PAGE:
The problem of a lack of understanding of what influenced the decisions of staff nurses to reject a nursing-leadership role may have contributed to the inability of health-care organizations to recruit nurses into nursing-leadership positions. The purpose of the qualitative, collective case study was to determine the perceptions of the factors staff nurses in Alberta, Ontario and British Columbia, Canada, believe led them to decline a nursing-leadership position. An e-mail interview with a purposeful sample of staff nurses obtained the information on perceptions. Thematic analysis revealed that there were three main themes identified by the study participants as having influenced their decision to reject a nursing-leadership role. The three themes mentioned by the majority of the participants were inadequate support from the organization, unreasonable workload, and too much stress associated with the role.
The recommendations for health-care organizations include providing leadership development activities for both potential and new nurse leaders. Another recommendation is to institute a formal mentoring program to connect potential and new nurse leaders to successful senior nurse leaders who may be able to model the behavior and skills necessary to flourish in the health-care organizations of today. The final recommendation is to provide educational opportunities to potential nurse leaders to gain the skills and competencies necessary to be successful. Understanding where to put the limited resources most health-care organizations have to achieve the greatest return may influence the success of nursing leadership succession planning.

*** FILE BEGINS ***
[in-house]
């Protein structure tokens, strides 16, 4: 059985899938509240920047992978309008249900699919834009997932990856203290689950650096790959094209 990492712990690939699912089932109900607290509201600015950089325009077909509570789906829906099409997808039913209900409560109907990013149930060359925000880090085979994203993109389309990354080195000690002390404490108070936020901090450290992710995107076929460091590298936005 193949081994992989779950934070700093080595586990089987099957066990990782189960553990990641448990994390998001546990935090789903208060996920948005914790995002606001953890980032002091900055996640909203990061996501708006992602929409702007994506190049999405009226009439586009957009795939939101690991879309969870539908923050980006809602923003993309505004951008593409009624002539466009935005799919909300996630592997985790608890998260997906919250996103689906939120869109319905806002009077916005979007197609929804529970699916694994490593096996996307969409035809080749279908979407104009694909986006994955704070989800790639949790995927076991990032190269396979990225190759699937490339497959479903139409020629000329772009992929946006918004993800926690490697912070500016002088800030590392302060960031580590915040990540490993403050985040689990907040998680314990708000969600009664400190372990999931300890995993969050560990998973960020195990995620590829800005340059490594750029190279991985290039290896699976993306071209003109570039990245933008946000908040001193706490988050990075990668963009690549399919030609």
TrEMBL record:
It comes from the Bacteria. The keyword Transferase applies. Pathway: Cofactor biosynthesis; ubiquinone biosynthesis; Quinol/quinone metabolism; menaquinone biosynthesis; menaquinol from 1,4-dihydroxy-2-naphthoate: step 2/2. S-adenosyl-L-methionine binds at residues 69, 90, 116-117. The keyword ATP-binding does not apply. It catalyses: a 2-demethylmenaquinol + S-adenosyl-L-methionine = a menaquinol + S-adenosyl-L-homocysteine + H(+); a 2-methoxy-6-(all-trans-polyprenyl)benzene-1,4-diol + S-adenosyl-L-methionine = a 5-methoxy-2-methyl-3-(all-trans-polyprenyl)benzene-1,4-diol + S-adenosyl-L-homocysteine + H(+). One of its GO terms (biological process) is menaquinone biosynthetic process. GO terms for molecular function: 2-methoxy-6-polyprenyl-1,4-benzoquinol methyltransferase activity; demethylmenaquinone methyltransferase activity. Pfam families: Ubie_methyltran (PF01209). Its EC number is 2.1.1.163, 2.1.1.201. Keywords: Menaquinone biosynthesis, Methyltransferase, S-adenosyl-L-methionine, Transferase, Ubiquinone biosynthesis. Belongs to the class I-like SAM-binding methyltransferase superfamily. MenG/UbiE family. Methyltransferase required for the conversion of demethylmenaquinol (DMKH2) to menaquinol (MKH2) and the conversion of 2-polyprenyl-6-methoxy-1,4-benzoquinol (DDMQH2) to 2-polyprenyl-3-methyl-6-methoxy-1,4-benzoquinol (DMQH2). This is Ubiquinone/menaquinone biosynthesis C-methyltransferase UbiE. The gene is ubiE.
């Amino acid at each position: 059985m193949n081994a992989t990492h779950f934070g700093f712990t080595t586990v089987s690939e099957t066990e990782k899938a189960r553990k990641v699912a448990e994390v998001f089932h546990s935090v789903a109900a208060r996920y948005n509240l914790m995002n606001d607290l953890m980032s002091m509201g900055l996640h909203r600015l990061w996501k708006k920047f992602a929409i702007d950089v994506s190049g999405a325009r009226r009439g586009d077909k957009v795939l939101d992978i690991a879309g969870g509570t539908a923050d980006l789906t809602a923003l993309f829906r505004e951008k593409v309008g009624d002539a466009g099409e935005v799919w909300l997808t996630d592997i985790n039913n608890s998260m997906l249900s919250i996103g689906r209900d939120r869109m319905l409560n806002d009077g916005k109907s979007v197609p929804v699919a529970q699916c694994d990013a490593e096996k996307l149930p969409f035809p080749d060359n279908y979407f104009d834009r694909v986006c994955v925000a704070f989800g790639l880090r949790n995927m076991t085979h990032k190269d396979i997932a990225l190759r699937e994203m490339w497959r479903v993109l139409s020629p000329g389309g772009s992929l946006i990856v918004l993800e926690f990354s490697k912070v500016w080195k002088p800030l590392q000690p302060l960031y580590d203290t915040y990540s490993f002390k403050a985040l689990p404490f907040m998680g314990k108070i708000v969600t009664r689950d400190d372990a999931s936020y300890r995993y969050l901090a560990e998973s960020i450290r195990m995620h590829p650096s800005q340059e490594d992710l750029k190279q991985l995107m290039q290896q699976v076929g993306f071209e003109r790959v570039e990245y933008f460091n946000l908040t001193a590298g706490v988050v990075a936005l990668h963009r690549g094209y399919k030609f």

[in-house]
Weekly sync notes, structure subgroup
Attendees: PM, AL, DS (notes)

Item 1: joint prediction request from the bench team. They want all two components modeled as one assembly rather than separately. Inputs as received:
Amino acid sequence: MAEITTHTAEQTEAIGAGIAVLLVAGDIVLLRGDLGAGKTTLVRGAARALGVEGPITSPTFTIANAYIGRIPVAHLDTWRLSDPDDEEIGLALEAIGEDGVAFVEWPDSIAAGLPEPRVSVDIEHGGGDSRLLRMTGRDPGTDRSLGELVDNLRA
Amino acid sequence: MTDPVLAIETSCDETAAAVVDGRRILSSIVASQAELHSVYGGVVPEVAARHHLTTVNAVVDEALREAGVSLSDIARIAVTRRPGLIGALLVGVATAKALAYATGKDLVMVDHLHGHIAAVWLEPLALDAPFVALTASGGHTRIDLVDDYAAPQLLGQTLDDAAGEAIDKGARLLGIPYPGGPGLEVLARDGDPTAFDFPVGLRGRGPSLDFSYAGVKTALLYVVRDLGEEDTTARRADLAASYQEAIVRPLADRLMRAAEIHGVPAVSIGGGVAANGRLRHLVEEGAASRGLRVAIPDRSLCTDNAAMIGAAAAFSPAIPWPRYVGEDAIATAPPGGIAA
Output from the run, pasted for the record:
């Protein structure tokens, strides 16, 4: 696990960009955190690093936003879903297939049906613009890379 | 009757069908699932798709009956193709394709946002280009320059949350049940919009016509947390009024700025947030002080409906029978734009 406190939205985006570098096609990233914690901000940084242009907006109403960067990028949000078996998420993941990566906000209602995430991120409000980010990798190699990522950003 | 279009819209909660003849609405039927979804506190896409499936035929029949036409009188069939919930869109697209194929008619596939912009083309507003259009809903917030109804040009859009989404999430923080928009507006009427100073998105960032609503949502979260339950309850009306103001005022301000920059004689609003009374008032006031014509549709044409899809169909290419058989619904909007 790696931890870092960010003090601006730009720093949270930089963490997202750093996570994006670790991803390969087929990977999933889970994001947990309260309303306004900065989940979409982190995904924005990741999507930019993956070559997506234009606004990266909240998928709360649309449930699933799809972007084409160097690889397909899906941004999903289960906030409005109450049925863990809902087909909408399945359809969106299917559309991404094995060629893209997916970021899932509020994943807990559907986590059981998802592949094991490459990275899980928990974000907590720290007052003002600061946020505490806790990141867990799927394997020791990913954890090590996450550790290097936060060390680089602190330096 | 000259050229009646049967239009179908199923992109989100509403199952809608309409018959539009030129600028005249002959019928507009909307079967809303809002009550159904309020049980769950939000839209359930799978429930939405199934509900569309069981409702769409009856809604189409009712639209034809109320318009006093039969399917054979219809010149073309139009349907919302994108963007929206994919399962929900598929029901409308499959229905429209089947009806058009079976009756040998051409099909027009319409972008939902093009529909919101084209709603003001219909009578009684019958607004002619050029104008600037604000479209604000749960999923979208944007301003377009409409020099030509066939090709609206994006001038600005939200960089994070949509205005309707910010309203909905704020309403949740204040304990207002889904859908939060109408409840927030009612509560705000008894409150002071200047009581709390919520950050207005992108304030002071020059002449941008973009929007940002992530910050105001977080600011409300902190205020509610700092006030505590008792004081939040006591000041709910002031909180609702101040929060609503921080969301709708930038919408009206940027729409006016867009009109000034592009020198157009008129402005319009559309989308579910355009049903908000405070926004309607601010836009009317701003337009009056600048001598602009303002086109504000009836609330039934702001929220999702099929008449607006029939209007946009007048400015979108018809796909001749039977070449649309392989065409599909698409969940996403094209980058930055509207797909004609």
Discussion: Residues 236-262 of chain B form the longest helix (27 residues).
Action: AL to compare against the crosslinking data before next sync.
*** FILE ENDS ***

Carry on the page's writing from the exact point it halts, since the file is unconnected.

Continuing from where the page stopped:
|School:||University of Phoenix|
|School Location:||United States -- Arizona|
|Source:||DAI-B 70/08, Dissertation Abstracts International|
|Subjects:||Nursing, Health care management|
|Keywords:||Decision theory, Leadership positions, Nursing leadership, Rejecting leadership positions, Staff nurses|
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